My Favorite Martian-the ultimate reality TV show
One of the great reasons to be alive today is to witness civilization as it commercializes outer space exploration and development.
For those who lived through the Apollo space program decades ago, it has been hard to top the wonder of six human landings on the moon. Now, things are getting interesting again on the manned mission front.
There's no business like show business, even on Mars.
Space missions have historically been paid for by taxpayers. But with the Space Shuttle fleet retired and after years of fiscal problems in both Russia and the United States, the public's will to spend in space has waned.
Plans are afoot to have taxpayers pay for manned space travel again, only this time through TV cable subscriptions.
The concept brings new meaning to the term "commercializing" space.
A few weeks ago, millionaire Dennis Tito, who became the first commercial space tourist in 1991, proposed a manned mission to Mars that would fly a married couple to within a 100 miles of the Mars surface before returning to earth.
Tito's only giving the 501 day round trip a 1 in 3 chance of success, not in terms of the crew's safety, but if whether he'll be able to privately raise the 1-2 billion dollars to fund the journey.
Tito hopes to raise the majority of the budget by selling media rights to cover the day to day happenings of the trip, with a main audience draw likely being whether the lonely couple will survive or kill themselves along the way.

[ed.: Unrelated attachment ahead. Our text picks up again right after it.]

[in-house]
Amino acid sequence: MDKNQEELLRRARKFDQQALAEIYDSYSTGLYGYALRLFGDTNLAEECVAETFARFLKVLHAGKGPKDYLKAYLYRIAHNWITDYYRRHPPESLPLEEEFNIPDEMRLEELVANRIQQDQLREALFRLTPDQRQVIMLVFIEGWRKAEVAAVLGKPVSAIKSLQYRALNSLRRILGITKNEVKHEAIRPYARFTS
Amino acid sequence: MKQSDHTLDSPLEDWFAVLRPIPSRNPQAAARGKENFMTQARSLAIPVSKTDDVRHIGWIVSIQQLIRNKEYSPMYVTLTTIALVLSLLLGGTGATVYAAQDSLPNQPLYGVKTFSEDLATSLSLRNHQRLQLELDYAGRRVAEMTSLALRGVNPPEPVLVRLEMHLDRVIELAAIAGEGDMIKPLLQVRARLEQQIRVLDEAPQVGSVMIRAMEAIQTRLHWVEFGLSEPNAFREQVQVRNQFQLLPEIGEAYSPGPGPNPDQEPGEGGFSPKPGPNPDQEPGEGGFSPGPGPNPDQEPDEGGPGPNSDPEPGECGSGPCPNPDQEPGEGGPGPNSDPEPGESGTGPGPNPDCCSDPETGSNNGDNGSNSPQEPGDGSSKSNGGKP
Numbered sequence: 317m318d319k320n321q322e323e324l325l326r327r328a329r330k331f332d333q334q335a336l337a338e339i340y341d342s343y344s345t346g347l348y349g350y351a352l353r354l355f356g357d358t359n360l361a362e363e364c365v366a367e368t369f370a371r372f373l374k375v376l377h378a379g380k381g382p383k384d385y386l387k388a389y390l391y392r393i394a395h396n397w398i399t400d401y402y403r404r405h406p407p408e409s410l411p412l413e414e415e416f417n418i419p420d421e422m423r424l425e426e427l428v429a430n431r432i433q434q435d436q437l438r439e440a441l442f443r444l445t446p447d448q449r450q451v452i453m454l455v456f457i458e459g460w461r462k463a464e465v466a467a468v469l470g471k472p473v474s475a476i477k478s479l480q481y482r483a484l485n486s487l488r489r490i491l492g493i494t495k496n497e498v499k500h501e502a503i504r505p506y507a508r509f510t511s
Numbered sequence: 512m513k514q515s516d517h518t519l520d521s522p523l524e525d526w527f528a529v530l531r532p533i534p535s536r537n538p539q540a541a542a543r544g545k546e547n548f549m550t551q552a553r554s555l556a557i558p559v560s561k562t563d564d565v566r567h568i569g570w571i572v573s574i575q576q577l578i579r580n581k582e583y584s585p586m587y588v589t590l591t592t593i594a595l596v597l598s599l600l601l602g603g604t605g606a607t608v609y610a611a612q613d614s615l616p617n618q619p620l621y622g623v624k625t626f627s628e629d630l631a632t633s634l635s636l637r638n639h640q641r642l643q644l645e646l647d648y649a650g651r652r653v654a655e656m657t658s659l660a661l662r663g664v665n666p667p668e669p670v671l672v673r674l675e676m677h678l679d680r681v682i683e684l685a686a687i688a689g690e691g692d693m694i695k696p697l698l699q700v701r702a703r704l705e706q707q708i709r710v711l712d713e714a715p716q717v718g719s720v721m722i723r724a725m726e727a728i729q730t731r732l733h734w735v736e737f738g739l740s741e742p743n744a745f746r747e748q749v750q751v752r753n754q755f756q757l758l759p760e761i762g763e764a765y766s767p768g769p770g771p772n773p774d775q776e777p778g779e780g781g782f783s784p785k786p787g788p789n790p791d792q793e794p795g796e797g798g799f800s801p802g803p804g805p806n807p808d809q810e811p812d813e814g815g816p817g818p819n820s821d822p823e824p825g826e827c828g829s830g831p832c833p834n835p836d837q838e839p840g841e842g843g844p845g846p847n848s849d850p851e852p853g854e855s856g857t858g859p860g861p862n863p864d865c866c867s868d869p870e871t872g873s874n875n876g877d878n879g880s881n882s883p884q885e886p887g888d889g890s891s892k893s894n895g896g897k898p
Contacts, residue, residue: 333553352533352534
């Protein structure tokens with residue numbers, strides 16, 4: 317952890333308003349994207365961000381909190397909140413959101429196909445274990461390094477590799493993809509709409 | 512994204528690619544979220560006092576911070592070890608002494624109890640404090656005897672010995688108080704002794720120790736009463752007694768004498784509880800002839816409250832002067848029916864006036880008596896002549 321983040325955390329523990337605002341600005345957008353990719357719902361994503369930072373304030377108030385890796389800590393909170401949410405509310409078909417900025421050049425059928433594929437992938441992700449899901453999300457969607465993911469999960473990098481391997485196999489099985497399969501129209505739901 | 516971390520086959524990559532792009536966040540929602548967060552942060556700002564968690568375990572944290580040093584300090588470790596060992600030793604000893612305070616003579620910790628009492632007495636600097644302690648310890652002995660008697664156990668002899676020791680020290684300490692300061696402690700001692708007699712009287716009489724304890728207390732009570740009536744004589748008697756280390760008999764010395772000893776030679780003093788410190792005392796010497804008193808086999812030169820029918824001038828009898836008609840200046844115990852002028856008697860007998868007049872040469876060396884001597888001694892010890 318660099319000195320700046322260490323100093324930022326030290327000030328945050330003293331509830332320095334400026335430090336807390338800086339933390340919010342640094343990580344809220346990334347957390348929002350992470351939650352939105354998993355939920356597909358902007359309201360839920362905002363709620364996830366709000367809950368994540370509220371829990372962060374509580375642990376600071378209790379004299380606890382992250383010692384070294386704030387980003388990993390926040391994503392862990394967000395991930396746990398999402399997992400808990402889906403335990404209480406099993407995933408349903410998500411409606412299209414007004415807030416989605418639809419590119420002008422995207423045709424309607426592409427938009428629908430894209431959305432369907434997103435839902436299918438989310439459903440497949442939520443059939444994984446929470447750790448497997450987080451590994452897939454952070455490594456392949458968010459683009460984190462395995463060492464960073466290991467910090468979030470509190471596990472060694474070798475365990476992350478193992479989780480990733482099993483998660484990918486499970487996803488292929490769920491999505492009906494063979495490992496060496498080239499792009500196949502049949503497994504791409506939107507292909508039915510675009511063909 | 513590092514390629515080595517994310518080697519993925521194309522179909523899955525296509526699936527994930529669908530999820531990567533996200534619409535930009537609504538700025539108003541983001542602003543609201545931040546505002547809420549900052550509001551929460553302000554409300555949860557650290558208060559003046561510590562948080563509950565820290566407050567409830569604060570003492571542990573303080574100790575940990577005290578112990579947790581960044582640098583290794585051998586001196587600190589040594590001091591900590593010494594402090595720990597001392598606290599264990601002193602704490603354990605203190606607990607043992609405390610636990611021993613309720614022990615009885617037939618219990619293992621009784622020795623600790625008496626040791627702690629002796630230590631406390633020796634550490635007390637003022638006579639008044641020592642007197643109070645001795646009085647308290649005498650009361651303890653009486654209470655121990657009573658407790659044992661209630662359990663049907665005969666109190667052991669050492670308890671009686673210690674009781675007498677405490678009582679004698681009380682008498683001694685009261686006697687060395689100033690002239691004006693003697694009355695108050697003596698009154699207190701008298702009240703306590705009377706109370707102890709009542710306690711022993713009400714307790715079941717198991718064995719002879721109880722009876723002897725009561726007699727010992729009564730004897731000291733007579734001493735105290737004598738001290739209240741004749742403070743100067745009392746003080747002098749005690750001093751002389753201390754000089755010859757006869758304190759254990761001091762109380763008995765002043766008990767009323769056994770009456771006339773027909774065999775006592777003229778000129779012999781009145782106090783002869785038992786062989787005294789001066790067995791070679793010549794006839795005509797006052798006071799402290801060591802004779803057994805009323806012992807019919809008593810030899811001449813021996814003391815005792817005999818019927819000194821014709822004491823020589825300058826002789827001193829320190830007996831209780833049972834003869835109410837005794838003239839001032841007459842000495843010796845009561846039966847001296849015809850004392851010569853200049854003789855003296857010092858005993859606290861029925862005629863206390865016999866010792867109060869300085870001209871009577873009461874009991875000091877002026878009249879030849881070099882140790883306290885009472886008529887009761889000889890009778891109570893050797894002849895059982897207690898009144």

Recently, an even bolder initiative was announced. A one-way group mission to Mars.
Dubbed Mars One, the mission will send 40 volunteers on a one-way trip to Mars to begin establishing a colony in 2023. One-way; as in never returning to earth. And they're now accepting colonist applications. And plenty of people have signed up for consideration. There's no unemployment on Mars.
Unmanned cargo runs to Mars are planned to begin by 2016 to deliver rovers, living modules, life support equipment and supplies before the first four astronauts set sail in 2022. They'll be followed every two years by more colonists until a community of 40 inhabitants reach the red planet, a wildly ambitious timeline that remains to be seen.
When the colony is in full swing, a minimum of four high definition video streams will provide TV audiences back on Earth with "24/7/365 engagement," according to the mission's website.
Exciting? Absolutely. Good science? Very possible. Profitable? That's the plan!
Mars One will be the ultimate television realty show.
Imagine the value of TV rights for such a spectacle. Tagging along to Mars will be even more dramatic than had a camera crew sailed with the Pilgrims to the New World or journeyed through America's primordial west with Lewis & Clark.
People died on those early expeditions, even before they reached their destinations. At least there was food, air and water waiting for the surviving pilgrims on the shores of the New World. But, not on Mars.
Mars One contestants will arrive on a dead world, void of breathable air, water and food. Bleak, but exciting.
It will be all for one, and one for all, until it isn't anymore. And that's when the drama will really begin and the show's ratings will rocket.
There's no voting anyone off the island.
Think about it. If all goes to plan, every crew member will die on Mars, sooner or later. And if somebody gets fed up with the lack of red planet amenities and goes bonkers, the sheriff ain't coming. What a plot twist!
This promises to be the ultimate death match. Who will last the longest? And that's what mission planners are banking on.